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Rampart Ridge
posted by John : August 5, 2010


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My kind of "North Shore"


The last couple of years I've missed out on Rampart Ridge TNAB trips. They always fall on a Thursday (duh) and usually late in the season when there are school events. The last time I did get to go it was in terrible conditions making me almost wish I hadn't gone. (Almost, but not quite.)

This year the weather was good and there were almost no conflicts. After a long week of camp the kids weren't going to the concert so I headed up with the usual suspects for a slightly early start. The road is no worse than it had been two years ago and even was a bit more brushed out. The bugs, though, were a little bit annoying at the trailhead with a promise they'd be worse higher up.

The trail to Lake Lillian is as steep as ever, though a few modest improvements have been made. We (Scott, JK, and me) made a quick detour down to Lake Laura just to see it. Ok, now that we had accomplished htat we were back on trail with Josie and Ingunn (JK's wife) to Lilly's namesake.

At the lake I broke down and busted out the DEET and had immediate relief. I think I'm done with those non-toxic bug repellents. They either don't work well enough or long enough or they smell like fruit, which is inevitably going to attract a bear or a cougar. (Hmm... maybe I should encourage others to use the fruity sprays.)

Over the rock, around the lake. The sun was just settig over the peak to the west (unofficially, "Dungeon") and the hazy air sent streaks of sun across the lake to the north shore. We climbed the gully and were in the open above the lake.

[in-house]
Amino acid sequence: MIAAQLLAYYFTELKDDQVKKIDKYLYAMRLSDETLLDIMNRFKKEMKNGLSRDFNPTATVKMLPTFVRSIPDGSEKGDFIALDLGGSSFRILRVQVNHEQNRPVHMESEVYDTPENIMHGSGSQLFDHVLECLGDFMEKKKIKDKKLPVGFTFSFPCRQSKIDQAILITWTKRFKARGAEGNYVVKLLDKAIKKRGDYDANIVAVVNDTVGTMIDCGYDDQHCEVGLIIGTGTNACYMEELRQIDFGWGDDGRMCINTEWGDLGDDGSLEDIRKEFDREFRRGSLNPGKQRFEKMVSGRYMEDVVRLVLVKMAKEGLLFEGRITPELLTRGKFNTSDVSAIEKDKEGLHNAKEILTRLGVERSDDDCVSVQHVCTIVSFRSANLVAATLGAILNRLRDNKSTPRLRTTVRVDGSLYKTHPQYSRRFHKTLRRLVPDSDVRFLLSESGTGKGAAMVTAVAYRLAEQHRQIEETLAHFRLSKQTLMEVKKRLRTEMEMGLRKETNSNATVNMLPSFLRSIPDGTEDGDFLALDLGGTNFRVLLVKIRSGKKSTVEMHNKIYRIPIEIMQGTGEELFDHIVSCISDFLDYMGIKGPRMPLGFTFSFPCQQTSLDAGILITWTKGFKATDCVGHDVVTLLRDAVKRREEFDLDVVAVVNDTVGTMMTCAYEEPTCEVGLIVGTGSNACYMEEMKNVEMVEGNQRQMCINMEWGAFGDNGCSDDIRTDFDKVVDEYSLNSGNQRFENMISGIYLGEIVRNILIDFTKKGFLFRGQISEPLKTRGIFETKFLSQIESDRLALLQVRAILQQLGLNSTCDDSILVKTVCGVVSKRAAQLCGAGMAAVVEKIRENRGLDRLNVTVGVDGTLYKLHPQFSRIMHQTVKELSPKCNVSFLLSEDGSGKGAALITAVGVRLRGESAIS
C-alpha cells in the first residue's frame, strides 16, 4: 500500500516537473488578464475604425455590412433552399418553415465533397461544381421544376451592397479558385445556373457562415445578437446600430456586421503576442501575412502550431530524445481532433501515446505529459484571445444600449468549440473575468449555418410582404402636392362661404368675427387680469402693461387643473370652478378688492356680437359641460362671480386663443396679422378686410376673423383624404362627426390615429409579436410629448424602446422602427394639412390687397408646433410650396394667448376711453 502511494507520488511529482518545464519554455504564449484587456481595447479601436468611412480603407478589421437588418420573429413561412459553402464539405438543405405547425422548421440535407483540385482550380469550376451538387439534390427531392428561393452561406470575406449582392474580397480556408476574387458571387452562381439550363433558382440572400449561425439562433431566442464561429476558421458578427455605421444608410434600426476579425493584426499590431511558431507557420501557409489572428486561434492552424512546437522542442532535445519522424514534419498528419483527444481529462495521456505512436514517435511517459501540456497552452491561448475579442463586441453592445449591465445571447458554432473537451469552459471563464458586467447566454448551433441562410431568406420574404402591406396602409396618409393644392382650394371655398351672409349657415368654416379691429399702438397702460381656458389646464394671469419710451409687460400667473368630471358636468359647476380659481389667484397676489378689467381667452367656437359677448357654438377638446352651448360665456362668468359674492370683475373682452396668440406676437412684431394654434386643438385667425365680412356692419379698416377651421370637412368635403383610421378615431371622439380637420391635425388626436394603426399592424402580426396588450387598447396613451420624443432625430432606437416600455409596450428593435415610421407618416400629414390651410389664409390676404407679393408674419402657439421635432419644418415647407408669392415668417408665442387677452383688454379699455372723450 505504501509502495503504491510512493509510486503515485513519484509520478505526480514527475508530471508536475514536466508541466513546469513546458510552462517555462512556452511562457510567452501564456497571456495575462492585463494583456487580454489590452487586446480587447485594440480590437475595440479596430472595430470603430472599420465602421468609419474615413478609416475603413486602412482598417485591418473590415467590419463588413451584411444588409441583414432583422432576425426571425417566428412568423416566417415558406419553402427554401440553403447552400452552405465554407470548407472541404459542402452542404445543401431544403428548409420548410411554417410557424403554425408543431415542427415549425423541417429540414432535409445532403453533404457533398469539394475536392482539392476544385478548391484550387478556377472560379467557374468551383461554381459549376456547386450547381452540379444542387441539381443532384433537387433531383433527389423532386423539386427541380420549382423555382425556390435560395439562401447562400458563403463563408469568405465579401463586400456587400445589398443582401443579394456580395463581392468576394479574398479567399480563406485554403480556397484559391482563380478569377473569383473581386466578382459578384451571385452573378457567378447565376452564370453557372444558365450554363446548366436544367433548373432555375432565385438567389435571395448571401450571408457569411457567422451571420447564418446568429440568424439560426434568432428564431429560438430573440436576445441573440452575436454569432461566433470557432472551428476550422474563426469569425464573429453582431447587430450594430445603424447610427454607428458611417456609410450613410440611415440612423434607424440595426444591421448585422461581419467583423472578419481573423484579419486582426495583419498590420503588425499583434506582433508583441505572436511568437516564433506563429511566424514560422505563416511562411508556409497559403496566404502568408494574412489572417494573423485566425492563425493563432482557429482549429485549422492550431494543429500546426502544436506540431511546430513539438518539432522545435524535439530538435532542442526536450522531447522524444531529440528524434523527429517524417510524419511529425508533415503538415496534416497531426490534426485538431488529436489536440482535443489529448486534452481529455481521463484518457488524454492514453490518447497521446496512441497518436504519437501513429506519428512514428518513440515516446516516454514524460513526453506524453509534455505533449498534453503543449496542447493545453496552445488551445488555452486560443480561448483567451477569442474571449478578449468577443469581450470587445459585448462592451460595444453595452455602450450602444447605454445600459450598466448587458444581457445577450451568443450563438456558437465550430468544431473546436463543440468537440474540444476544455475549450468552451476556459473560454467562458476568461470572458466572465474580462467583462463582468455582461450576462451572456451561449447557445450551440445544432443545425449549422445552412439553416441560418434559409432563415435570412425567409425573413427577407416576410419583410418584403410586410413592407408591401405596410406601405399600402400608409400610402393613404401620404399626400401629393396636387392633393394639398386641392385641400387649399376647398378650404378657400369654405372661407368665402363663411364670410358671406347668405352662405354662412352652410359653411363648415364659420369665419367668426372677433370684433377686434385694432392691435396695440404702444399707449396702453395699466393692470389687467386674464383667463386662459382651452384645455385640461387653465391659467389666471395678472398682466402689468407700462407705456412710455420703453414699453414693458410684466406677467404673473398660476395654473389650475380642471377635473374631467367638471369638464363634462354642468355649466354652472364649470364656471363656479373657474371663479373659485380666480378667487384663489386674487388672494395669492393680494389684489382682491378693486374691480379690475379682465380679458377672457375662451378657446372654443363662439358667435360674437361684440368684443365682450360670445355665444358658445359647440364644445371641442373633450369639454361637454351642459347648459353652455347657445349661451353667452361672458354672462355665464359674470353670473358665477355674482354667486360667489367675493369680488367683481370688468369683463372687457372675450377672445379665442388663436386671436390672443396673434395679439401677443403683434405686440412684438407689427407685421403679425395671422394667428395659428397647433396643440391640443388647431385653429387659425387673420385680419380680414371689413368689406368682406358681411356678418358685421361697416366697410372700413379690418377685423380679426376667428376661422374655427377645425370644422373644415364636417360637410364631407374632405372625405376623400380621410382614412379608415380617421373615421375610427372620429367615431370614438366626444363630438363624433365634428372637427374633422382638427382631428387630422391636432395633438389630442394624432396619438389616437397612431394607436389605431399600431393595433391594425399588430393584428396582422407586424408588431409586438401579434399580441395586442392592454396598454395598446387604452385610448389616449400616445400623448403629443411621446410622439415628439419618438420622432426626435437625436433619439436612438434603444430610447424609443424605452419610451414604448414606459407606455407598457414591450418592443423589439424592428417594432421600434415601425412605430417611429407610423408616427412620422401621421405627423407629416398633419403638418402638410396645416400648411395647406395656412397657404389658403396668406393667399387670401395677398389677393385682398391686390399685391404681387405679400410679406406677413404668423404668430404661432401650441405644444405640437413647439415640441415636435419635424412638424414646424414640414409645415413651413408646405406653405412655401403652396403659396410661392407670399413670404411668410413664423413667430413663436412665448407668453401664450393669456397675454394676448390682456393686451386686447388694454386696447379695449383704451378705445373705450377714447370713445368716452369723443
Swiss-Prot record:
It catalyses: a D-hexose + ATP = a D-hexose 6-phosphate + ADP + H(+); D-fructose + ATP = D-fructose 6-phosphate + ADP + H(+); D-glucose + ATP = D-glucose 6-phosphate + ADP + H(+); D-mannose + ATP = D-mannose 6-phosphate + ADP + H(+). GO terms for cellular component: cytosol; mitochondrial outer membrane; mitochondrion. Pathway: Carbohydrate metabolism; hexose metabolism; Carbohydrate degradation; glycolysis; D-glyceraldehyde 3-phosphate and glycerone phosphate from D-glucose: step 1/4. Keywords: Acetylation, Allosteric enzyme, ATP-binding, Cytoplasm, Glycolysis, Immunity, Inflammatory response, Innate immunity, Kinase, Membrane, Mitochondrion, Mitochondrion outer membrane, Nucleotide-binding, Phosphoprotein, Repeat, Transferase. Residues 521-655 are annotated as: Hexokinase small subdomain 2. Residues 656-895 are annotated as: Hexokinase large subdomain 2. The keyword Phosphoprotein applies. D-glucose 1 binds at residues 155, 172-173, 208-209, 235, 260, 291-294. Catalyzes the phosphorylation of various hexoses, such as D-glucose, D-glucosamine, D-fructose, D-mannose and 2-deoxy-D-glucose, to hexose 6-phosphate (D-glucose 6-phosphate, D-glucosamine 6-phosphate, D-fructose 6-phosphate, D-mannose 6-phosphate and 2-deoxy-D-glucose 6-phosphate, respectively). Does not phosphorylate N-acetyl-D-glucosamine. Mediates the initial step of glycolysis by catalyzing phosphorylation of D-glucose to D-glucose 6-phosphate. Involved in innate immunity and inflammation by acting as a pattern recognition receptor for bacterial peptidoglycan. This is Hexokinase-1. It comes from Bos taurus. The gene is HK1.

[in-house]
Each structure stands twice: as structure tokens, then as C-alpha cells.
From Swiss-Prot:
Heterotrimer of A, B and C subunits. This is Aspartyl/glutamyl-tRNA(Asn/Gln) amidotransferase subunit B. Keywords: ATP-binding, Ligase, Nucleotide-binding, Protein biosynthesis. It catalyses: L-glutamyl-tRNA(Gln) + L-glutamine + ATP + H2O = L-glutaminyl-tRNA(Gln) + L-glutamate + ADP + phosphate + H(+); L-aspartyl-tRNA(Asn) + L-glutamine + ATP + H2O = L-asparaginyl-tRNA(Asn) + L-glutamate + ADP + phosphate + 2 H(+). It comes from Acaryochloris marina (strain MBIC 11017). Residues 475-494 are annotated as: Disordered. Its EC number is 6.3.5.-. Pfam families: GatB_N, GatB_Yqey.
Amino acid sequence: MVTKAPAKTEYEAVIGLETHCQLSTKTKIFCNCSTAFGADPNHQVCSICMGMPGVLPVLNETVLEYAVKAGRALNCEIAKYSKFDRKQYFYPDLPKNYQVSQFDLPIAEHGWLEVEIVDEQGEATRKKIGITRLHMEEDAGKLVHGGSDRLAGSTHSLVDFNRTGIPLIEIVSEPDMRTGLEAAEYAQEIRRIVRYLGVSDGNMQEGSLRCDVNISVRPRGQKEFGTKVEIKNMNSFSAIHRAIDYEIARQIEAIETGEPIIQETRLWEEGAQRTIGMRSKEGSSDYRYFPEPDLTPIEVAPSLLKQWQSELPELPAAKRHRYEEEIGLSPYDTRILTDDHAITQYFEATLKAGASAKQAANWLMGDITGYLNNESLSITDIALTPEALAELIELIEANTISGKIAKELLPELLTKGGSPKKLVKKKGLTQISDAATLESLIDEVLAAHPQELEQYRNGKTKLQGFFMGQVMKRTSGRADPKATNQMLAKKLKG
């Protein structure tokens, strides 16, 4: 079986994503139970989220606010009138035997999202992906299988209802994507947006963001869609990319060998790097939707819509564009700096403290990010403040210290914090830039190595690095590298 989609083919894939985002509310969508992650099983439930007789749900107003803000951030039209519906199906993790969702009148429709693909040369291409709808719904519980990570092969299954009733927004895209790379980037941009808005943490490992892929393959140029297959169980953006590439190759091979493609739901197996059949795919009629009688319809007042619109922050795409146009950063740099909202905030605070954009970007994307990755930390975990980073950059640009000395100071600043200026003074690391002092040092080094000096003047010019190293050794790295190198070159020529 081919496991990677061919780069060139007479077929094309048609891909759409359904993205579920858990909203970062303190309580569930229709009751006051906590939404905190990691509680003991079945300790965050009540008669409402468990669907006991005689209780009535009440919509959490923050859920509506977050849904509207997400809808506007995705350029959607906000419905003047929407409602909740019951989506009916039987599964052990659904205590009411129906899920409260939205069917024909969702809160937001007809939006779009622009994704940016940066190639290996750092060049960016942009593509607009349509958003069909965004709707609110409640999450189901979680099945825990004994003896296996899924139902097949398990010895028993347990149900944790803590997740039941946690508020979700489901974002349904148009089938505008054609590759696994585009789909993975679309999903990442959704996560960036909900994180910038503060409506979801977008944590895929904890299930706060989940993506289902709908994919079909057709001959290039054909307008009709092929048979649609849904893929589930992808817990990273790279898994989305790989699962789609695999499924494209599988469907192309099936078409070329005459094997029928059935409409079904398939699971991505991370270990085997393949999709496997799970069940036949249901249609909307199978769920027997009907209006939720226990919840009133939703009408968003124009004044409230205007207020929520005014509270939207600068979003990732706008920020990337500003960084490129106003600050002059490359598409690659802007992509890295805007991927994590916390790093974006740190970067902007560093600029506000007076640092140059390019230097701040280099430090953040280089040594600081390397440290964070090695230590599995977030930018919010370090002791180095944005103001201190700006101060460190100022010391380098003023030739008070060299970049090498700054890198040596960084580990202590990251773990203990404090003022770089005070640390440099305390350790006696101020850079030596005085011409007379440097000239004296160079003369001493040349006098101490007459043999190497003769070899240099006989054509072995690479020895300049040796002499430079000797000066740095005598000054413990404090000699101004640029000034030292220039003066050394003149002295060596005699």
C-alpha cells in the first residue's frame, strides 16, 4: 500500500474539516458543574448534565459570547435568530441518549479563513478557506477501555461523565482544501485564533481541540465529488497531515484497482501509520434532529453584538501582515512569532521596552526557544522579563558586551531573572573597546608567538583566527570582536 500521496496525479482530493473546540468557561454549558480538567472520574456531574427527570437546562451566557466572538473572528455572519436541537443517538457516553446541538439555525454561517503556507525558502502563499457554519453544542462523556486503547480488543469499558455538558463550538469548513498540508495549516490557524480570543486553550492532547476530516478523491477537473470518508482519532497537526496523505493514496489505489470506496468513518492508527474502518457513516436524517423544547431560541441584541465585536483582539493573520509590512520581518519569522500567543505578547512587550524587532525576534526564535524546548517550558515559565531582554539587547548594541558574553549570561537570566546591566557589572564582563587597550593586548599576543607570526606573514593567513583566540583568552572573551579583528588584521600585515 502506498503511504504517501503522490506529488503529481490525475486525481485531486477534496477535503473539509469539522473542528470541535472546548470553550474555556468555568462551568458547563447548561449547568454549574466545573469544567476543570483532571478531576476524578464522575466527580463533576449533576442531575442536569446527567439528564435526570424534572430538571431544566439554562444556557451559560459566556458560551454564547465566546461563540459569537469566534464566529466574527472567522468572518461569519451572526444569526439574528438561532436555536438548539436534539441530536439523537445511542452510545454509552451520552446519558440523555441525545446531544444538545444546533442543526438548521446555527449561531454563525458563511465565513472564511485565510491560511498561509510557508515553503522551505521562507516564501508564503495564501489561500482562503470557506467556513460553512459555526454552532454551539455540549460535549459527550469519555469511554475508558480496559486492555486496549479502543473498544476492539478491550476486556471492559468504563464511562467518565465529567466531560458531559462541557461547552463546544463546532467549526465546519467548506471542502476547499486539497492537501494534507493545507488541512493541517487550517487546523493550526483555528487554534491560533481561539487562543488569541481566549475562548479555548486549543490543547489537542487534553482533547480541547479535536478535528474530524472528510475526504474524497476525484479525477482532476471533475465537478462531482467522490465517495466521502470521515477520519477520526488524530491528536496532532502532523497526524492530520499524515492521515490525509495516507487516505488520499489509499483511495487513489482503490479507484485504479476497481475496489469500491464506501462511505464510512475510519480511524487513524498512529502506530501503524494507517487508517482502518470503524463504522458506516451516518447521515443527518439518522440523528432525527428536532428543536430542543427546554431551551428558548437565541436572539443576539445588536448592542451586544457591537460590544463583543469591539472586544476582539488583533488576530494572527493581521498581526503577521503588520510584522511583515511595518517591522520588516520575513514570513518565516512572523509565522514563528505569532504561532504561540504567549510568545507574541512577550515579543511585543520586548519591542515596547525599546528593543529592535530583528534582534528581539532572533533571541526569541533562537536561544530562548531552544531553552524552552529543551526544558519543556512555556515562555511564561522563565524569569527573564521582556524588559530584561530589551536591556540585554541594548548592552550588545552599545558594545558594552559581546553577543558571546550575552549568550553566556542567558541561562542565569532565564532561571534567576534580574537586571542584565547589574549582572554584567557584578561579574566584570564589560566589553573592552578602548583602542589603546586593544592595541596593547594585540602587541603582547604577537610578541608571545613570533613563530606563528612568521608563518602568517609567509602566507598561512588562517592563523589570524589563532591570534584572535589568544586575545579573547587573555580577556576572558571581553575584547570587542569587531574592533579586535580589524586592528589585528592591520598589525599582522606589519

From the trailhead to the lake the way is wooded. It feels like a standard west-side trail. When you gain the ridge and see the open slopes, rocks, and tarns it feels like the official gateway to the east side of the state.

It had been a little stuffy below, but up high the wind was blowing a bit. The thunderstorms that had been threatening all day were off in the distance obscuring peaks yet to be climbed.

Past the tarns each in its own little basin, but all linked together, we gained the saddle and were treated to a spectacularview down to the Rampart Lakes with Alta Mountain beyond. We could see a hiker already on the summit in silhouette and we hurried to get there. The berries that usually crowd this section of the trail were sadly immature so we made good time.

On the rocks that are the summit of the ridge the sun had already turned the hazy sky pink. Lines of mountains faded into the west. The bugs were still there, but somehow the views made the constant slapping not as annoying as you might think. Silhouettes were the order of the day so as the sun set we all shot directly into it.

It was hard to leave, but it was time. The way down has led a few TNAB hikers astray in the past and there was the Pour House waiting 5,000 below us. (And I suppose work the next day, but that's what coffee is for.)

The marmots had gone to bed so our hike out straightforward. The gully dusted us up a bit, but the lake promised a cleansing dip if it got too bad. Lights came on as we entered the woods and only one hiker missed the turn and got an extra hundred yards of hiking.

The Ramparts remain one of my favorites and it's hard to believe it's so close. The girls aren't quite ready for the gully, but maybe I'll get them to Lake Lillian before the snows return.

Totals: 4.4 miles and 2,700 feet of gain.

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